As a parent with bipolar disorder I’m probably too focused on my daughter’s mental health. Instead of simply helping her and allowing her to navigate her moods I’m hyper-vigilant — concerned that every sad day followed by an exuberant, joyous exploration is a sign of pathology rather than normal 10-year-old behavior.

It’s a fact that a parent with a mood disorder is nine times more likely to pass the biological traits associated with that disorder to their child than a mentally healthy parent. But that risk is still incredibly small. In preparing our children for positive mental health we, as parents with challenges, need to focus more on environmental threats and less on biological possibilities. Because right now, the environmental threats are huge.

Last month we commemorated the 20th anniversary of the 9/11 attacks, an event that forever changed our concepts of community and positive mental health. Following a brief moment of unity we birthed a culture of restricted liberty, nonexistent privacy and conspiracy theories that profoundly shape our lives today. 

Children of the early 2000s came of age in a world of unseen threats and insecure futures.

That disruption is eclipsed by our experience in the last two years due to the pandemic, which will surely have profound negative effects on our children’s mental health.

School, which has usually been a place where cultural ideas that keep communities bound and rooted are reinforced, now can’t even be counted on to remain open. And when they are open, our children are taught that physical intimacy such as hugging and holding hands is dangerous and that nonverbal communication such as facial expressions is to be hidden behind masks. We teach kids that their parents and the world they’ve created are racist (we’re white) not because of any inhibitory or discriminatory personal actions but merely because of the color of their skin. We elevate victims over heroes. We celebrate enforced equity over effort. And we place under siege the Judeo-Christian culture which gave the world representative democracy, free speech, human rights, material wealth, the scientific method and the moral equivalence of every individual and replace it with a secular faith that is unforgiving of transgressions and intolerant of curiosity, critical thinking and reasoned opposition.

We elevate victims over heroes. We celebrate enforced equity over effort.

We lecture children about the impossibility of a successful life in a world which lacks opportunity and scare them with the doom of climate change. We no longer celebrate a world in which creative people and entrepreneurs will seize the day and develop solutions to our seemingly intransigent problems. 

Instead of fostering the reality of human potential we preach a world of scarcity and failure that can only lead a developing mind to declare “why bother?”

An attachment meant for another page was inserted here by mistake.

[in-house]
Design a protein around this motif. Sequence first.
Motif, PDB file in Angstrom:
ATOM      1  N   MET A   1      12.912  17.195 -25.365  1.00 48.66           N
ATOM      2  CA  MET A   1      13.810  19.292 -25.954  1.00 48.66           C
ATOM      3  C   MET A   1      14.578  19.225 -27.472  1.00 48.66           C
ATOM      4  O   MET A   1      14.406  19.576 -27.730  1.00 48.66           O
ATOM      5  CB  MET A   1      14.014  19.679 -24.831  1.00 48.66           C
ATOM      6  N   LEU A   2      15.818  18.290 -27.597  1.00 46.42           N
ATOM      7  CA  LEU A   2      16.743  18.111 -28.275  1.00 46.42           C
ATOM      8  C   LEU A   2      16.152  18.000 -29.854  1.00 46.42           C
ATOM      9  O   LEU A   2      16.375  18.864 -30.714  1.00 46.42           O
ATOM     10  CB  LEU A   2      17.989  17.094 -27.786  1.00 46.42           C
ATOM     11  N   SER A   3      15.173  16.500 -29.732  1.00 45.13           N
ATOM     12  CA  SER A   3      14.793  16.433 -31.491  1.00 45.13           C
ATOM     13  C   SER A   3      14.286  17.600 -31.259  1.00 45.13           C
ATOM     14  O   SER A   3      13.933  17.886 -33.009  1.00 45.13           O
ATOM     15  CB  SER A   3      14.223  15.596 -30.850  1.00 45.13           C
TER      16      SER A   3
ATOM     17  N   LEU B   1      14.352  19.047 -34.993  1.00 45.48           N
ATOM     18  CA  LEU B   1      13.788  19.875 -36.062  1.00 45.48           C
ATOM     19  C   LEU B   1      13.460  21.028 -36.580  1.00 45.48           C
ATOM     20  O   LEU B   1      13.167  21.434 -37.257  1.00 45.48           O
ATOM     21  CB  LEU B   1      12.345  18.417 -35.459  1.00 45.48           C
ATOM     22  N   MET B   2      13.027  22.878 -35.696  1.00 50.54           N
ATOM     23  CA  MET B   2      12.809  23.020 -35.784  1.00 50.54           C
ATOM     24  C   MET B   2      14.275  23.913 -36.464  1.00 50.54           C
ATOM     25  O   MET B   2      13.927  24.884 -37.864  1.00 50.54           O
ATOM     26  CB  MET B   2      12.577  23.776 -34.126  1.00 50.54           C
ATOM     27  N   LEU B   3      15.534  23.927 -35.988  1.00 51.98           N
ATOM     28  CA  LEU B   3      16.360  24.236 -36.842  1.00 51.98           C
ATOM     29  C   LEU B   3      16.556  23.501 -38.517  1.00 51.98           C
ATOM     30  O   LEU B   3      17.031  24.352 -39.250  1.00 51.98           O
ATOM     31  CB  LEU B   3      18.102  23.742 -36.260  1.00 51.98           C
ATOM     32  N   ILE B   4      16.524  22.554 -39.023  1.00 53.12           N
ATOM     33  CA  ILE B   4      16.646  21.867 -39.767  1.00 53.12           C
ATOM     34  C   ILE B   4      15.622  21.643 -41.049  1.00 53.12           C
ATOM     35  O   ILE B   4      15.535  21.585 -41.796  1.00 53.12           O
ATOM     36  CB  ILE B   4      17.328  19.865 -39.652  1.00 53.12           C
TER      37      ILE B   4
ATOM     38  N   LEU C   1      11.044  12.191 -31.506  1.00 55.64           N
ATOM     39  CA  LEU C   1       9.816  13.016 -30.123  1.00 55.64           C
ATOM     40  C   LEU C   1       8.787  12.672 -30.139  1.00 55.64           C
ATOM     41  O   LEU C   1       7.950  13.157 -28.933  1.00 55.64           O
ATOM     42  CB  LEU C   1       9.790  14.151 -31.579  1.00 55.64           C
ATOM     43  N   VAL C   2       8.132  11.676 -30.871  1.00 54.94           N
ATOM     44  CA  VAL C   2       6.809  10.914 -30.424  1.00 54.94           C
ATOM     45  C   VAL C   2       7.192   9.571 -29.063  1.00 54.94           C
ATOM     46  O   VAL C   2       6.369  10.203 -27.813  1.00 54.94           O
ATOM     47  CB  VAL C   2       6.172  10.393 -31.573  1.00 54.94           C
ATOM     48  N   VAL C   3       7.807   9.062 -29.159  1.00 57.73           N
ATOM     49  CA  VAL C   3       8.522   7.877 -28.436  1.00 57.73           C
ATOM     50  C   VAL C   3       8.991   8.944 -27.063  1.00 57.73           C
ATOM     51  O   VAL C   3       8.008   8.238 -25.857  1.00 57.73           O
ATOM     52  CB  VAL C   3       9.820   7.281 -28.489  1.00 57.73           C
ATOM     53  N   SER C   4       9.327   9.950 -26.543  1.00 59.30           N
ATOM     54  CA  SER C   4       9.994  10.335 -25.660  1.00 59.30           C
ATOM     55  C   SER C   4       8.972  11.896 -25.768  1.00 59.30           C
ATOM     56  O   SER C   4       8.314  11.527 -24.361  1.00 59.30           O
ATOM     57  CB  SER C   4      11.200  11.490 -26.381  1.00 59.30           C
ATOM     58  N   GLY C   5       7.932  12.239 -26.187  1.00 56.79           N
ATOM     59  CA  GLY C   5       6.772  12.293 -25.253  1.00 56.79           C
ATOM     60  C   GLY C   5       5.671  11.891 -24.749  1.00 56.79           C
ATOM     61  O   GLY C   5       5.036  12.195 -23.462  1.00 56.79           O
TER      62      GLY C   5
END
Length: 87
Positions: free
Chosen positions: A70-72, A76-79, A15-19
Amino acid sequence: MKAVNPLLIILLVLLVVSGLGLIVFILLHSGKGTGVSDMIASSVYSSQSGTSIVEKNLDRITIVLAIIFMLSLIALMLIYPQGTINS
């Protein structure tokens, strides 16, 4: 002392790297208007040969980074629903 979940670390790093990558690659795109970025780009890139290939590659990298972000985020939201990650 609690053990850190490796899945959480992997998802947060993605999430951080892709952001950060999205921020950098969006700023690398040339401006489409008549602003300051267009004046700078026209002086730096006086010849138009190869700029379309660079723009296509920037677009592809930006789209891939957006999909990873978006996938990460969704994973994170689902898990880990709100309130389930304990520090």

How can we expect well-adjusted children to come out of this? How can we stifle centuries of possibility and cooperation and end up with anything but a generation befallen by mood disorders? When our national mood is negative and insists the future can only be bleak, how can we convince our children that life is worth living at all?

Perhaps my daughter’s generation will rebel and discover faith and capitalism as radical ideas to be explored, studied and implemented. Since so many of the influencers who rail against these ideas as evil claim to be the true arbiters of culture, perhaps a restless, questioning generation will rebell and re-discover tolerance and hard-work and reject the present culturally enforced march toward mediocrity and lack of self-responsibility.

Otherwise our children will languish in mental melancholy normalized as a reasonable response to a dismal future.

My wife and I have the advantage of recognizing early symptoms of mental illness that may appear in our child, and the knowledge of how to deal with them should they occur. But the society that our daughter now finds herself a part of works against us.

I’m still an optimist. I have to be. And I will do whatever I can to instill in my child the esteem of responsibility and effort, the idea that in order to make a good life she has to try. The reality that circumstances may work against her, but the promise that she can overcome setbacks and is largely responsible for most of the good, and bad, things that happen to her.

This is what I have learned after years of suffering with bipolar disorder and now years of successfully managing it. I hope that this crazy world learns as much from its own insanity.

George Hofmann is the author of Resilience: Handling Anxiety in a Time of Crisis. He lives in Philadelphia with his wife, their daughter and two poorly behaved dogs.

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